“It’s kind of cool to me because lacrosse has been a big part of my life and this is something that will affect me as I get older,” Thomas, 19, said. “Hopefully it won’t affect me too much in my college years, but you don’t really know how it’s going to progress. Day by day, it can go at any rate for any person. We want to raise money to help find a cure.”
Thomas feels the disease also affects his peripheral vision some, but not enough to slow him down on the lacrosse field.
After electing to follow in his father’s footsteps and attend Governor’s Academy, Thomas has committed to continue playing lacrosse at Division 3 Guiford College in Greensboro, N.C.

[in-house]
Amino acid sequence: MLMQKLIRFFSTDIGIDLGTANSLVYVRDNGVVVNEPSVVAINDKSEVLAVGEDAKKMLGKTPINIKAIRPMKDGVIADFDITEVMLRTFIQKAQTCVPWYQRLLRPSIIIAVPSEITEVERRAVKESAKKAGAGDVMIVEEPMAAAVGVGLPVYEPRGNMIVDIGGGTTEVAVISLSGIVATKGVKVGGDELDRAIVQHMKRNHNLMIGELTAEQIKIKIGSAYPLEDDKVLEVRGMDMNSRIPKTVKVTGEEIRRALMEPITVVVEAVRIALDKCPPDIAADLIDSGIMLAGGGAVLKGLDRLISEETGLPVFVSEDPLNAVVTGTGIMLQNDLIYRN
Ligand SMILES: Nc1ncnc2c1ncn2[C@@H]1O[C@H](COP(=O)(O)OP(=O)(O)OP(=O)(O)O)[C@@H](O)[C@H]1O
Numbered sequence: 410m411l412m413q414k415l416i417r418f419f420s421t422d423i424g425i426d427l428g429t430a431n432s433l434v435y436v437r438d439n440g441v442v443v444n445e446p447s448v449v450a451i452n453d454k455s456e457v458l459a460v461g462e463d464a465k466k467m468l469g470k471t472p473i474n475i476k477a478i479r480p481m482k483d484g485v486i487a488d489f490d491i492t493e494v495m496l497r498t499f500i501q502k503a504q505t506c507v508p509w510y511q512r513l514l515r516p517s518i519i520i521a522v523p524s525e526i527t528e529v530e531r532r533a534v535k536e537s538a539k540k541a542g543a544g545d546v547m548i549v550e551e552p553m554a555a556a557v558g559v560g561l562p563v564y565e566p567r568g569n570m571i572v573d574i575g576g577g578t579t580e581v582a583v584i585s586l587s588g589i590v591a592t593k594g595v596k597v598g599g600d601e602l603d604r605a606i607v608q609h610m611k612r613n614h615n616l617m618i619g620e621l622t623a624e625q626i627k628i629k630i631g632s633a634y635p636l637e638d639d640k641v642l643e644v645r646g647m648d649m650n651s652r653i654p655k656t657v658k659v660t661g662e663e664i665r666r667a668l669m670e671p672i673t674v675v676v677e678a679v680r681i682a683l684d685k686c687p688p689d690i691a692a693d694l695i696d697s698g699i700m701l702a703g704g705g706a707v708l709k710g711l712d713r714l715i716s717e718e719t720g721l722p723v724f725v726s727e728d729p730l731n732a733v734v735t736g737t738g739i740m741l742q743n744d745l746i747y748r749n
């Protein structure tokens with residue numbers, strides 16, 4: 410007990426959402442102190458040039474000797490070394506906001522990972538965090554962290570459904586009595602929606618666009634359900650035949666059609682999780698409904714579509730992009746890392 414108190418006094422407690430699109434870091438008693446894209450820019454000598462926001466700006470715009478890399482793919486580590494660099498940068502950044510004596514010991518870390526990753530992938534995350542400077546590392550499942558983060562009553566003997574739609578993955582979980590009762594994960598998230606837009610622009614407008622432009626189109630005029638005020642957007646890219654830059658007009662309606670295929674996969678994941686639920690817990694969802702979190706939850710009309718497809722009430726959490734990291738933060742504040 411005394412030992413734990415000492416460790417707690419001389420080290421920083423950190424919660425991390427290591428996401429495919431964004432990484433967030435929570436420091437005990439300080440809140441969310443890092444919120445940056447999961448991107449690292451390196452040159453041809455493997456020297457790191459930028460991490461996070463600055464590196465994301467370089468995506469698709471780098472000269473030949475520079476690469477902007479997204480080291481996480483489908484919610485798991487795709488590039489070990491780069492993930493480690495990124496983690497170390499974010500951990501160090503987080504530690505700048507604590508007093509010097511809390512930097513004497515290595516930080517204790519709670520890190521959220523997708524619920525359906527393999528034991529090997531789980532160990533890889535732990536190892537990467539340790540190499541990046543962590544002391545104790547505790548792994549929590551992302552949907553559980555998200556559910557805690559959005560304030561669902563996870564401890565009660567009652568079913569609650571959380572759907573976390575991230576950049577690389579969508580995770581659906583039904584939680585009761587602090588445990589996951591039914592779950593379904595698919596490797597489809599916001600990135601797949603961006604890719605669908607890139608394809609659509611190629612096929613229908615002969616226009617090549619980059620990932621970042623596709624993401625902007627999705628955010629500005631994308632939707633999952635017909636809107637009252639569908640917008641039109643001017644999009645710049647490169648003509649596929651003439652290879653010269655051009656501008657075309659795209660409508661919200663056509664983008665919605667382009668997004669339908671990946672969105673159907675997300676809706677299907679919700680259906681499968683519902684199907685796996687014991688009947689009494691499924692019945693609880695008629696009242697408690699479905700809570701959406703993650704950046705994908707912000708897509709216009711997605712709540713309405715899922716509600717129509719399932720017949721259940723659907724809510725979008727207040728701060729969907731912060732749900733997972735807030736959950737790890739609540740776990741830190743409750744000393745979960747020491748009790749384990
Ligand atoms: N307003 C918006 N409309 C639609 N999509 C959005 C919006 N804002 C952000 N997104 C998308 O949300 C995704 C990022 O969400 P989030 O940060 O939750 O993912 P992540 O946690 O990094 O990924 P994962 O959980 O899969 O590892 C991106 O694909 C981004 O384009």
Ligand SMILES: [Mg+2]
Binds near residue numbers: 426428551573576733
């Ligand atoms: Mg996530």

Robert, meanwhile, is a promising attackman for the Big Blue.
Both brothers have taken their disease in stride. Their parents elected to wait to tell the boys about it because they wanted them both to be old enough to understand it.
Neither boy felt sorry for himself. Instead, they focused on the positive: that a cure could be found in the near future.
Research has advanced to the point where a trial using gene therapy could be underway soon, but the trial costs $3,000,000. Half of that money needs to be raised through donations, which makes the “See By the Sea” event so important for the Driscolls.
“I’ve always known that I had really bad night vision. I just couldn’t see in the dark. I thought I had bad eyes. I was unaware (about the disease), but it made more sense when they brought it to light,” Thomas said. “I knew it was a really serious kind of thing that could potentially cause blindness. The research is really progressing, as long as it’s funded. It should be cured in time, as long as everything is funded.”